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Non-convergence when upper boundary saturated in CO2

Hi everyone,

I am using the module ECO2N_V2.0 to model the hydrothermal fluid and heat circulation into high-topographic volcanoes.  I want to create a vadose zone in the upper part of my mesh. For this, I saturated a part of my upper boundary with CO2 setting a Sg value of 10.9 (in the INCON) and I ran the simulation for 1000 years without injecting anything (my mesh was already initiated, so with normal geothermal gradient and hydrostatic pressure). But I have a convergence failure at step 13. I tried to reduce the time step, but it did not work.

Can someone help me? I really appreciate it.

Thanks in advance,

Nathalie.

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  • Hi Natalie,

    I'm afraid without more details, it'll be hard to parse out the problem exactly.  I suspect it has something to do with an unintended instability that you may have set up with the initial conditions.  But to start with something easier (and I doubt this is your issue), what do you have set for your value of RE1 in the third line (record) of the PARAM block (PARAM.3)?  It is usually set to 1.0E-5, but often it'll go down to 1.0E-7. 

    If you wouldn't mind, it may be easiest to understand what's happening if I can get a look at your input file.

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    • Mikey Hannon 

      Hi Mikey,

      First, thanks for your reply.

      I set a value of 1.0E-5 for my convergence criterion. I usually let the default value. 

      You can find attached my input file and my INCON file, too. 

      If you need something else, please let me know.

      I really appreciate your help.

      Cheers,

      Nathalie.

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    • Mikey Hannon 

      Good news!

      With a convergence criterion of 1.0E-7 it ran properly =).

      Thank you very much.

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    • Nathalie Collard 

      Interesting. Congrats!

      For what it's worth, I was able to run the file you sent me as-is (with the 1.0E-5 relative convergence threshold).  I've attached the output here.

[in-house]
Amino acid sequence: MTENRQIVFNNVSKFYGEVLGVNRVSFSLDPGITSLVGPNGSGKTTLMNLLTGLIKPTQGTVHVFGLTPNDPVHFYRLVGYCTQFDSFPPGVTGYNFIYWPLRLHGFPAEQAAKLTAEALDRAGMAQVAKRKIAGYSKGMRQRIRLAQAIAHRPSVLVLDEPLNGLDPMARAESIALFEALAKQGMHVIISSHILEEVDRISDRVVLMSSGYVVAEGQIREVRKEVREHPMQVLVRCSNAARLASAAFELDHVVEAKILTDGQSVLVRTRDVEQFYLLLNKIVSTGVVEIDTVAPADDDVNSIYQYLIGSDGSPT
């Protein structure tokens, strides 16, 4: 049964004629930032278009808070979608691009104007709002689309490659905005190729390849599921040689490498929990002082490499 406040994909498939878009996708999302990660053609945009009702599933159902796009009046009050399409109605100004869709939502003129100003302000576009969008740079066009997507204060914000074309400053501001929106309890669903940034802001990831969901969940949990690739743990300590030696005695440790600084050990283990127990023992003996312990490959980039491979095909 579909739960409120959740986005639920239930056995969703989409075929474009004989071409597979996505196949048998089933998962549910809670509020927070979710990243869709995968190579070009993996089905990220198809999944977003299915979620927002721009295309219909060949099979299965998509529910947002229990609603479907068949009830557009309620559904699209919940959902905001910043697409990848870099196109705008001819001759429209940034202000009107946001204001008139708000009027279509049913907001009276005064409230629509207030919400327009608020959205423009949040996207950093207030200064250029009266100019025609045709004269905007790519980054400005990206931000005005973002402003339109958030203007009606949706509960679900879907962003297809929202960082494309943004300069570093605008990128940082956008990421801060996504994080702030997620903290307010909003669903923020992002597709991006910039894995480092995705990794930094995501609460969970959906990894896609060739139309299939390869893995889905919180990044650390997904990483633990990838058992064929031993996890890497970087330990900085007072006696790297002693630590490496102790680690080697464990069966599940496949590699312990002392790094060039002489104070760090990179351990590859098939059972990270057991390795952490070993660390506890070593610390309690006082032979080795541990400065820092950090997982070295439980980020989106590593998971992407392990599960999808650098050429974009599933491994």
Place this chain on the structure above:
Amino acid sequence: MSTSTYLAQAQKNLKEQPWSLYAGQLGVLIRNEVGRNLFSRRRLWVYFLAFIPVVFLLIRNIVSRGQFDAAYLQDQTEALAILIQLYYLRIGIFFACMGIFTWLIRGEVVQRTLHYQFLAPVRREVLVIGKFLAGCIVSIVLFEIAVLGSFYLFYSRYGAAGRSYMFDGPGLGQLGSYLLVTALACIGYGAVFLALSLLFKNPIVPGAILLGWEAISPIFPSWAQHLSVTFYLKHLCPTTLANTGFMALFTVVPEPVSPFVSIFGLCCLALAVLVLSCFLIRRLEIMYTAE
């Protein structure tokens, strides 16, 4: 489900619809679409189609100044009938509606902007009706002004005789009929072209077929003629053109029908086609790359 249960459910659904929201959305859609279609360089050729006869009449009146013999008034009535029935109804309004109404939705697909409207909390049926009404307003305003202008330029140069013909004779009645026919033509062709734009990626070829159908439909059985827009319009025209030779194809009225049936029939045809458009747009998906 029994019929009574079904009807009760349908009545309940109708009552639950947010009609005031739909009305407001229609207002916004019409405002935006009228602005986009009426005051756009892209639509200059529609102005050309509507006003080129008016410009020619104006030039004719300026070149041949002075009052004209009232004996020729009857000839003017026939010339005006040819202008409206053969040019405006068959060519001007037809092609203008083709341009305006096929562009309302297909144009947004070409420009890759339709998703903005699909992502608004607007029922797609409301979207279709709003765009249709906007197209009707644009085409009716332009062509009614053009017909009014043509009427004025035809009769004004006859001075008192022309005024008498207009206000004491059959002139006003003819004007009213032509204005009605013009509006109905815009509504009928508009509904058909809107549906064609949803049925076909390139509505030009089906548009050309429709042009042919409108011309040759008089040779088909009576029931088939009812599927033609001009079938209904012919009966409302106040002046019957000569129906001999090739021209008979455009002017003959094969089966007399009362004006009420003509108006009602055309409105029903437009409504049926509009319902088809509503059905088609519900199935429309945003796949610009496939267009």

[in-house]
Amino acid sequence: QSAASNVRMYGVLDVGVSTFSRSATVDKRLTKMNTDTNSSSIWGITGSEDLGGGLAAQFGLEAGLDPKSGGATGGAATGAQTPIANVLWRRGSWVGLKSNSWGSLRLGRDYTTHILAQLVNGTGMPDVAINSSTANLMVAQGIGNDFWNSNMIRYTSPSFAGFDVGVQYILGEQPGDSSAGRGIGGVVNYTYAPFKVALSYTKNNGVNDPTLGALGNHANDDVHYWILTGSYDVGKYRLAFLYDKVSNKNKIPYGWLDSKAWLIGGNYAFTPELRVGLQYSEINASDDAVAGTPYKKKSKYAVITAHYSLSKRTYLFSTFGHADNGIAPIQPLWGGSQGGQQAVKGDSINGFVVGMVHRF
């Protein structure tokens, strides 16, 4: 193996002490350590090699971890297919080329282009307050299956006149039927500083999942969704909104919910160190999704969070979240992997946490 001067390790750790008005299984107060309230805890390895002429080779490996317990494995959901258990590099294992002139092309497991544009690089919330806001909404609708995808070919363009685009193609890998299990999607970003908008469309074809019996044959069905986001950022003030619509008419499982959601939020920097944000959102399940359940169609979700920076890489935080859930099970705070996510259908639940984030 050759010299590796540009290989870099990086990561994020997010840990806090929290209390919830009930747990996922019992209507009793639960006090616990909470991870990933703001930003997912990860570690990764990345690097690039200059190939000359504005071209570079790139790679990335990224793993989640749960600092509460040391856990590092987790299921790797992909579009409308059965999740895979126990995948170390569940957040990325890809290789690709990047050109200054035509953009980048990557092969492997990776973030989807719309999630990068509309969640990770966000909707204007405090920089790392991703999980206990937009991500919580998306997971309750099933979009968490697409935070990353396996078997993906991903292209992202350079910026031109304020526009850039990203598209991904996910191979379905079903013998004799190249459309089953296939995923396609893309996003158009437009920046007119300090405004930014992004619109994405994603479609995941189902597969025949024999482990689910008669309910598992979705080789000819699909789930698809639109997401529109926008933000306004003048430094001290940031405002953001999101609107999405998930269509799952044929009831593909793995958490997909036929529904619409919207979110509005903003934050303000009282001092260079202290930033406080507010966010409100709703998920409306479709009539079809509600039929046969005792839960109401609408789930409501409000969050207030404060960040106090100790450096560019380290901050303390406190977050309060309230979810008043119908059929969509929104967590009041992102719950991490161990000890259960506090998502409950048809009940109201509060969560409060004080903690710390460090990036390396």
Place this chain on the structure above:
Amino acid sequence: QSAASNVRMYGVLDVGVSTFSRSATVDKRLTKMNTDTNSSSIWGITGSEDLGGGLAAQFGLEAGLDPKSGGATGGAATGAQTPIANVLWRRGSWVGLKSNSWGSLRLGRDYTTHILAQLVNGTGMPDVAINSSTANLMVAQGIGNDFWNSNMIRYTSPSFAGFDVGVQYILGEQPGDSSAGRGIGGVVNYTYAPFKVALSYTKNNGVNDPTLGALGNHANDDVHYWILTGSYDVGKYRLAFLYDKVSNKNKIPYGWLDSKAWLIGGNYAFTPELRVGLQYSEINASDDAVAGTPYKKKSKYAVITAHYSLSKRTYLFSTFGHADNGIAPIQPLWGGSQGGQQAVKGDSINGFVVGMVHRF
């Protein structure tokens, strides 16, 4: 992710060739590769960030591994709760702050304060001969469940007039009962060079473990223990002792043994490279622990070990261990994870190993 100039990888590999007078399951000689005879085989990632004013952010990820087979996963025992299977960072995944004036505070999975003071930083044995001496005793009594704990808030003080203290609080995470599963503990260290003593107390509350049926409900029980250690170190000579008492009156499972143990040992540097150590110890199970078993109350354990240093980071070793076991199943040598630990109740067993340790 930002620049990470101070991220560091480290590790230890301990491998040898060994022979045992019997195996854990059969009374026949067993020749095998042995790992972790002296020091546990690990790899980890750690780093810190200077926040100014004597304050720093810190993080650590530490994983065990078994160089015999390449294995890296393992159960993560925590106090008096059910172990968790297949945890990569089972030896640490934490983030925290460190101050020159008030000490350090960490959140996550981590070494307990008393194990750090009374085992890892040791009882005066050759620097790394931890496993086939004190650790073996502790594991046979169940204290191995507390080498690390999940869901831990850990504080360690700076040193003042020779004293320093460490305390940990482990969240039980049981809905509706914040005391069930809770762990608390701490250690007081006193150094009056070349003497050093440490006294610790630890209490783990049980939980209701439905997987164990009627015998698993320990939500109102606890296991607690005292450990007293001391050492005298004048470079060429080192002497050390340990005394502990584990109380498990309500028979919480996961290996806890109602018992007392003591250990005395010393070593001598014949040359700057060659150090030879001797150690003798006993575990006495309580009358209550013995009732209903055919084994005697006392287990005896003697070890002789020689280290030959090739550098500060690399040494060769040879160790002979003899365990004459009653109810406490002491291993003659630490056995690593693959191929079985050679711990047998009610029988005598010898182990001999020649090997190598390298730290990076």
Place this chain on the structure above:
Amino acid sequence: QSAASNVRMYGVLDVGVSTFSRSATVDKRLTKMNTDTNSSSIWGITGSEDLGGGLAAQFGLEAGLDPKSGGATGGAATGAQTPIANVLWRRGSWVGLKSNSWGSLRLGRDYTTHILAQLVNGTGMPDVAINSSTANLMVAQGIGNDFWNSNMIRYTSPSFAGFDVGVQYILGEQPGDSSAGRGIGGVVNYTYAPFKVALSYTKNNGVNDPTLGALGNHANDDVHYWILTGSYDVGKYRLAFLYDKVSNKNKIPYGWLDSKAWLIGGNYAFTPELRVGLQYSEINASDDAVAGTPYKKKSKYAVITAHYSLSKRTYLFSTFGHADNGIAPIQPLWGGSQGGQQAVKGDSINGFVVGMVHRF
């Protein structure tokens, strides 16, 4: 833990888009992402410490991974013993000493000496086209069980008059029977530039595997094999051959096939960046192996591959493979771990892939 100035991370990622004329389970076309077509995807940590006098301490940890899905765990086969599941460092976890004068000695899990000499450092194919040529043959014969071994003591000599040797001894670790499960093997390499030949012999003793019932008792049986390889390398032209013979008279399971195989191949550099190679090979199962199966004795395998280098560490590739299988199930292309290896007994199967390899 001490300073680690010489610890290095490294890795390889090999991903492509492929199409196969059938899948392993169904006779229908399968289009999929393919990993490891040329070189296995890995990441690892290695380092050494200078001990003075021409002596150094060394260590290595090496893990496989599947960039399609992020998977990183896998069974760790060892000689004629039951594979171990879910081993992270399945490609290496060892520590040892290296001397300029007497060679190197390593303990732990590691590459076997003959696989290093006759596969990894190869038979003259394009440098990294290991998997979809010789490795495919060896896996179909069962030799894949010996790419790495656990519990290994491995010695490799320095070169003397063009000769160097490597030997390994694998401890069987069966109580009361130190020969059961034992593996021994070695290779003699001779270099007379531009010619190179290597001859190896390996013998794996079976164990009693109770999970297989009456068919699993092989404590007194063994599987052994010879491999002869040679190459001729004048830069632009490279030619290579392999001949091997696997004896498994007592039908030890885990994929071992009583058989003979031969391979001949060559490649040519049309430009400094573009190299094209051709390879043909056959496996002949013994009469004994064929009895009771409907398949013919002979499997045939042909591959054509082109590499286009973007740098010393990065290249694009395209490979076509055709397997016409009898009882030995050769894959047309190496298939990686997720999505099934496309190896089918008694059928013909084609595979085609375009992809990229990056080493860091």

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    • Mikey Hannon 

      One question,

      Did you modify something in the input file to be able to run it without changing the convergence criterion? 

      I am still using TOUGH2. I don't if you use TOUGH3 (it could be the reason why it did not run?).

      Thanks!

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    • Nathalie Collard 

      I personally run iTOUGH2 even for (forward) TOUGH simulations.   It's based on TOUGH2, so I'd imagine it would run similarly.  I do have a TOUGH2-ECO2N available to me, though, so I can give that a shot as well and let you know how it goes.  I haven't tried it with TOUGH3.

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    • Mikey Hannon 

      Mmm very strange.

      That would be nice of you to run it with TOUGH2-ECO2N.

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    • Nathalie Collard 

      Unfortunately, I only have a tutorial version from the TOUGH2 short course, which doesn't allow me to run a problem this big.  Perhaps someone like  Curt Oldenburg or Christine Doughty can give it a shot?

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    • Mikey Hannon 

      Thank you. 

      It is suprising that it runs with iTOUGH2 and not with TOUGH2. 

      That would be nice if Curt Oldenburg or  Christine Doughty could run the input file in order to understand what is happening. 

      In any case, many thanks!

      P.-S. I attach mi output file, just in case and mi input and INCON files, too.

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  • Hi Nathalie and Mikey,

    I tried running the problem with TOUGH2/ECO2N V2 on my Windows 7 32-bit laptop.  It failed after 12-15 steps when RE1 was 1.e-5 or 1.e-6.  With RE1=1.e-7 it ran about 24 years, with lots of time step reductions and phase appearances and disappearances , before failing for non-convergence.  Finally, with RE1=1e-8 it ran fine.  I don't really know why it ran better for Mikey, but I suspect this is a difficult problem for TOUGH, maybe because CO2 is so compressible.  The machine you are running on might be as important as the version of TOUGH you are using.  I don't think I have ever run a gravity-equilibration problem with a lot of CO2 present.  Usually I start with water or brine, and do a gravity equilibration with single-phase liquid, then inject CO2 as a second step.  Nathalie, you said you want a vadose zone -  to me that means a near-surface region with water and air present.  ECO2N will not create this, since it does not include air.  If you do want a vadose zone, with CO2 also in the problem, you could try using EOS7CA (available with TOUGH3).  But if you really want a region with lots of CO2 as an upper boundary, then I guess ECO2N makes sense, but you need to realize that it is a difficult problem and use a small value of RE1.

    Christine

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    • Thanks for your help, Chris!

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  • Thanks for your reply, Christine.

    First, I ran a simulation of brine and CO2 injection (in two steps as you explained) into a fully water-saturated volcanic edifice, but my recharge was too high. It’s the reason why I want a no fully saturated region whether it is with CO2 or air. My aim is to control the recharge. I am going to follow your advice and use a small value of RE1.

    Once again, I thank you for your time.

    Nathalie.

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